Information on the transport of dangerous goods
The term dangerous goods covers all materials which, due to their properties, may become a danger to public safety and order during transport. Substances which may pose a threat to the health or life of humans or animals during transport are also covered by this term. One of the safety regulations relating to Dangerous goods transport requires the affixing of a so-called label. An orange and rectangular warning plate must be attached to the transport vehicle, which provides information on the composition of the materials in the transport. This information is intended to ensure that countermeasures can be taken quickly in the event of an accident.
Not every truck driver of a forwarder is authorised to carry out a transport of dangerous goods. Without restrictions, this is only possible through a five-year qualification and the associated acquisition of the ADR certificate. A special ADR certificate is also required for vehicles carrying dangerous goods. A forwarding agency dealing with this type of transport usually requires a dangerous goods officer. However, the Ordinance on Dangerous Goods Officers also provides for the possibility of exemptions.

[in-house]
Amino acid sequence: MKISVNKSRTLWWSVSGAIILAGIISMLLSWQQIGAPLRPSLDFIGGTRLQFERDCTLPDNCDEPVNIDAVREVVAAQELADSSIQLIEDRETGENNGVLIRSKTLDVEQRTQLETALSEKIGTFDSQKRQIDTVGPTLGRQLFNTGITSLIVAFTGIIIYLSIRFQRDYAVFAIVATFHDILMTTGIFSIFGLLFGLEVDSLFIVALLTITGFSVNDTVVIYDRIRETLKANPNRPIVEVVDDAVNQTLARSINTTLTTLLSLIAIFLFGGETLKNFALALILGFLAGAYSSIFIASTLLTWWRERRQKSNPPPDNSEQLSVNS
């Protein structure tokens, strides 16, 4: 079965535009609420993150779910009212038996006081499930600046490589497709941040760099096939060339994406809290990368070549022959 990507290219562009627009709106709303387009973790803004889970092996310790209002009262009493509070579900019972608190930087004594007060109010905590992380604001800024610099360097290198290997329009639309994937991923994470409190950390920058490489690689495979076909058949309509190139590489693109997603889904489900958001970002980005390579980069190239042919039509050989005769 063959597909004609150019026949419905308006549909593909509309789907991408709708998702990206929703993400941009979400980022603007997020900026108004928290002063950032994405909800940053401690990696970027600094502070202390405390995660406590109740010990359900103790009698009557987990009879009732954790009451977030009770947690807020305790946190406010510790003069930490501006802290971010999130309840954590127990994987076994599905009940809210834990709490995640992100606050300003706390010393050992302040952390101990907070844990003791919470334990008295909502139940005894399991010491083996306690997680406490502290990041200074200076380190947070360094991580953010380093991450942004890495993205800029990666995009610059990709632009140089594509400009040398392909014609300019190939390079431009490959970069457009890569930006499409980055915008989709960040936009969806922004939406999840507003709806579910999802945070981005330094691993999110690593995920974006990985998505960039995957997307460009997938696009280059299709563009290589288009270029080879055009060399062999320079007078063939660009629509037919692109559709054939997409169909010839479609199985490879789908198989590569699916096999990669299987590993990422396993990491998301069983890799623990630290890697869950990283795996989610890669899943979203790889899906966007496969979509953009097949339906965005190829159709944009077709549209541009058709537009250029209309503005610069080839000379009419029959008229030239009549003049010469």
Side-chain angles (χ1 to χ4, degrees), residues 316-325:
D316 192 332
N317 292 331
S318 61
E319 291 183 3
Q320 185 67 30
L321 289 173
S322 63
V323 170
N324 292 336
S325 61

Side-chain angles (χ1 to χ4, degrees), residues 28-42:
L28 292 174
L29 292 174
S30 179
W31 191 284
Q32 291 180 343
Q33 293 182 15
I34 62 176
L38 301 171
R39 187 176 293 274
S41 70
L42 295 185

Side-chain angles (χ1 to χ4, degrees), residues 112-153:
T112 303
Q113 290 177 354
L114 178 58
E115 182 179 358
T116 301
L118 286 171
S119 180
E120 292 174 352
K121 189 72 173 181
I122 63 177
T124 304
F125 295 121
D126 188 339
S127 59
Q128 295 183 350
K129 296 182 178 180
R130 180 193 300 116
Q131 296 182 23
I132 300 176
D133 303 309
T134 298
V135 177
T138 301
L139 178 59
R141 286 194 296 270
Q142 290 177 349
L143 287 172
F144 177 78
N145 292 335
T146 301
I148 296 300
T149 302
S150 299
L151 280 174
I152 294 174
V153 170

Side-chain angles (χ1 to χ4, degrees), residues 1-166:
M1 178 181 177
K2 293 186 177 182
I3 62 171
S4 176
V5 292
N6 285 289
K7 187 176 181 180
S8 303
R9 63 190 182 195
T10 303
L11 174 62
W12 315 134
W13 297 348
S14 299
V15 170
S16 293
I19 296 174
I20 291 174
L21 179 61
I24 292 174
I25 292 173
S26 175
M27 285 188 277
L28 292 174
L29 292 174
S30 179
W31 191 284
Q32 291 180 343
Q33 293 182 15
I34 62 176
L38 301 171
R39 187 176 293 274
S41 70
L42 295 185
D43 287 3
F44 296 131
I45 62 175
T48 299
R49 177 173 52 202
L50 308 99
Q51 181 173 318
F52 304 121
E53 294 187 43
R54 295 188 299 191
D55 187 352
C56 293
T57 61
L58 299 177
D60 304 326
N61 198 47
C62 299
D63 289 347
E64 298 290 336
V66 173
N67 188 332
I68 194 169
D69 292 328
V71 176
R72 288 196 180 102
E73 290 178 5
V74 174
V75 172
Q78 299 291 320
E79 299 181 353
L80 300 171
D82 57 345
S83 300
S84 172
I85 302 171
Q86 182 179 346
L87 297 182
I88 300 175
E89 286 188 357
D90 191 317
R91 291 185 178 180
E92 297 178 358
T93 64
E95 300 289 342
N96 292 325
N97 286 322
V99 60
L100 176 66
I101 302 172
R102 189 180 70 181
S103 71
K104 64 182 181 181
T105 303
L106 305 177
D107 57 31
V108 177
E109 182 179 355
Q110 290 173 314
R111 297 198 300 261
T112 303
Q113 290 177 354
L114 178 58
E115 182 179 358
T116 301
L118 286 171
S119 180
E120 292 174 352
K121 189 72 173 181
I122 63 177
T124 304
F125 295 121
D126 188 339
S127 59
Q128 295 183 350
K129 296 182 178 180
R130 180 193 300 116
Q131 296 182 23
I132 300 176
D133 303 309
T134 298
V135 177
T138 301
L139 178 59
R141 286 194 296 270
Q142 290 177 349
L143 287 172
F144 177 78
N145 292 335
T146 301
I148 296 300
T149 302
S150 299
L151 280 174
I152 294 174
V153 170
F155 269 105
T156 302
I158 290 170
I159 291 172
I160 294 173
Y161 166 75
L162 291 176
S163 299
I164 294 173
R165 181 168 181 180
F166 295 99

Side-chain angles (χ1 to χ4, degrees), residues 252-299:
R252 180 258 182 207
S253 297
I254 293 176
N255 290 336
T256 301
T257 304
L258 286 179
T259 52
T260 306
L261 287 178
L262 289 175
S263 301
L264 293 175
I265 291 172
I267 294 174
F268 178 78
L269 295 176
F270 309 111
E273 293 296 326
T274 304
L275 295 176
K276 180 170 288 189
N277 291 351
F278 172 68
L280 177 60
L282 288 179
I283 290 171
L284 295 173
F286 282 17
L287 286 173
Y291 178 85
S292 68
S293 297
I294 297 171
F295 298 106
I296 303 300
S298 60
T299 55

A transport of dangerous goods can be carried out on land, by water or by air. Different criteria, including the distance between the starting point and destination, determine which transport route should be chosen for the respective dangerous goods. The Federal Institute for Risk Assessment (BfR) is responsible for the assessment of health hazards in Dangerous Goods Transport. Hazardous chemicals, for example, can be transported on almost all transport routes. In order to minimise health risks, the substances must be appropriately packaged. The logistics concept and traffic control must be consistent and quality monitoring must be seamless.
The safety regulations for the transport of dangerous goods as seafreight are intended to reduce the specific risks to people and the environment. Transports of dangerous goods to North and North-East Europe are often carried out by ferries, the so-called RoRo ships. Particularly high risks can arise in the case of joint transport of dangerous goods and passengers. Precautions should be taken to ensure the protection of passengers when such cargo is transported by sea. The BFR pays particular attention to fumigated cargoes when transporting dangerous goods by sea. For reasons of hygiene, many goods are prepared with toxic gases. This process increases the risk of health hazards and these must be counteracted accordingly.